In recent years, rounds, membership and other metrics in the broader golf industry have declined.  Financial performance always has to be viewed within the context of the club’s market dynamics, including competition, market depth, the recent history of the club and the realistic potential of the club, given factors like location, reputation, quality and condition of facilities and enthusiasm for golf in the market.  All of this is considered in the context of the club’s realistic goals.

First and foremost, any management company should be able to improve a club’s performance at least in an amount equal to or exceeding its fees.  There are numerous management deals in the marketplace with some structured as flat monthly fees, some as percentage of gross or net revenues and some as a combination of both.  How fees are structured is often a result of negotiations, which often depend on the management company’s level of interest in the project, the perceived upside potential and the club’s level of revenues.  It’s important to note that most management firms have specific expertise or focus in one market segment or another.  Some focus on private clubs, some resorts and others the daily-fee segment, often with a concentration in submarket segments (affordable, value or upscale).  In most situations, it would seem that a grade of “Average/Good” would be earned by the management firm improving the club’s performance enough to pay for the management fee and in the process relieving ownership or leadership of those functions and maintaining an equal footing on patron/membership satisfaction, course conditioning and quality of food and beverage.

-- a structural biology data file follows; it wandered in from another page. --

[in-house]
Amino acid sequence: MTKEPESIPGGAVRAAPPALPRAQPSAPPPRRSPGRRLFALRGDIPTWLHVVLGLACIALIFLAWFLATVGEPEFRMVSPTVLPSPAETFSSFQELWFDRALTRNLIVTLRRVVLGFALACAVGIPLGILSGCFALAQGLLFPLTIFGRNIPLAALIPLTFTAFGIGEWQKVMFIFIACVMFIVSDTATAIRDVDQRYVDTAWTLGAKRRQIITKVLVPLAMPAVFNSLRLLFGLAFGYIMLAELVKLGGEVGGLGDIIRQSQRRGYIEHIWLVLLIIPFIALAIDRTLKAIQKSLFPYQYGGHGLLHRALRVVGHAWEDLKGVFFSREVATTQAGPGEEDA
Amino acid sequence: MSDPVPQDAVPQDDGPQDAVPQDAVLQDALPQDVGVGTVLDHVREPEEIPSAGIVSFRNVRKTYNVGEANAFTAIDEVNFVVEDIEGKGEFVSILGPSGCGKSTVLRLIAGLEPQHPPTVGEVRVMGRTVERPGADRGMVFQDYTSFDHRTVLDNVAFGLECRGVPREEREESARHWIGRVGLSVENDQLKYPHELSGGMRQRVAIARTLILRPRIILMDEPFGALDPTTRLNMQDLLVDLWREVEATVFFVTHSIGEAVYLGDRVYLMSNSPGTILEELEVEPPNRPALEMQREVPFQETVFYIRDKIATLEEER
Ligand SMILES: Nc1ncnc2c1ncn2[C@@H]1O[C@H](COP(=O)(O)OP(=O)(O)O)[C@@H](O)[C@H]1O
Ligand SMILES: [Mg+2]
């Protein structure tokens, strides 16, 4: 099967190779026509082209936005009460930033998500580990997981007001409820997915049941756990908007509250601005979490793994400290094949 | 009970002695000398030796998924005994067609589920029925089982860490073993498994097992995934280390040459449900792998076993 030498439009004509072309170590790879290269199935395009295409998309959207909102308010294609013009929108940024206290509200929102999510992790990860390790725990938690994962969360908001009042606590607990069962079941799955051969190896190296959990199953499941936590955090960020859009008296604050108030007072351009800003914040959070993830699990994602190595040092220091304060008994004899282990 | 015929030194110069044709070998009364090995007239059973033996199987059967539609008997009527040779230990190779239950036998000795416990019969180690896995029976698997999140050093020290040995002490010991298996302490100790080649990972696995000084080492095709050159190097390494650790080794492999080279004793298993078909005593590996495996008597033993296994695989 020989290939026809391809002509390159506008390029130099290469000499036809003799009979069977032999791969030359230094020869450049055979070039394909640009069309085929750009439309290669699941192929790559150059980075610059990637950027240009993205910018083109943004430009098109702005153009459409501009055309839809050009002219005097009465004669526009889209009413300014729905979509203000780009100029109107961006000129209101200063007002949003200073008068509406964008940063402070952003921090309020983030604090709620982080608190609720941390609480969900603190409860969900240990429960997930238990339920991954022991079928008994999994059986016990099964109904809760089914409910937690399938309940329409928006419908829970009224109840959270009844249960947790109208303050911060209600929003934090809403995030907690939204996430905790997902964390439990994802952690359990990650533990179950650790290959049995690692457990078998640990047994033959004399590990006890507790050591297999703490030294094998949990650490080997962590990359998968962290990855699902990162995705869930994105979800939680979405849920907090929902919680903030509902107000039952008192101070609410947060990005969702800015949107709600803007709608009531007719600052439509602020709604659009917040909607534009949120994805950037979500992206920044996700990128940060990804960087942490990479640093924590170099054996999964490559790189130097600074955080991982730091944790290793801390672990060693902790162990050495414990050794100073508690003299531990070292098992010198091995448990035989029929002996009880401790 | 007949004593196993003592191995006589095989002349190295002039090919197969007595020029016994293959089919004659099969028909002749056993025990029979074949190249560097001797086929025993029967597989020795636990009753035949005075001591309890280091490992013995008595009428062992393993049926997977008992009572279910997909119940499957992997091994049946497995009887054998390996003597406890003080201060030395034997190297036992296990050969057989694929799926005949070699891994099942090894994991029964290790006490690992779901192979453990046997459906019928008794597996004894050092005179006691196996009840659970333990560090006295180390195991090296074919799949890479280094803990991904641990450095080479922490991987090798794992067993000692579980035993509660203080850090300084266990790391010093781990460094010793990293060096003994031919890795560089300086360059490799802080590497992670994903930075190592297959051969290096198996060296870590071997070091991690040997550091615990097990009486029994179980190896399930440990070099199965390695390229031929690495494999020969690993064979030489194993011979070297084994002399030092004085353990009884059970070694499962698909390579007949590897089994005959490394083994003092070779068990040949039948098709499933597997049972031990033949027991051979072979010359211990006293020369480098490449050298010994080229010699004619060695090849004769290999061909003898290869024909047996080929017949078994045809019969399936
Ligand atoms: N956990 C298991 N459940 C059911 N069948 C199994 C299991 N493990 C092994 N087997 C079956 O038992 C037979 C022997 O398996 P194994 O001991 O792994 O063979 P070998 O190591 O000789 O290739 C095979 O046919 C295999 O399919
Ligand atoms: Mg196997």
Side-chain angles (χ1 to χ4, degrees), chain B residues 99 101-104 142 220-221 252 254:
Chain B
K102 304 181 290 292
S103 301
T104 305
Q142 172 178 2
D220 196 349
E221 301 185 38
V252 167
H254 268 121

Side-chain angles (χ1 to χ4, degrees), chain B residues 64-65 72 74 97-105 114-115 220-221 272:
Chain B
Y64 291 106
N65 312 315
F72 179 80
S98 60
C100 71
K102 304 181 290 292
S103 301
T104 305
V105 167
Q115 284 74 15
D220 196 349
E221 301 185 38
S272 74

A grade of “Very Good” could be earned by either erasing an operating deficit or improving profitability and improving the experiences described above while maintaining the club’s position in the market with an equal or improved market share or improvement in rates.  A grade of “Excellent”  might be achieved by all of the above in the “Very Good” category plus enhancing the club’s market position, market share and generating revenues available for capital improvements.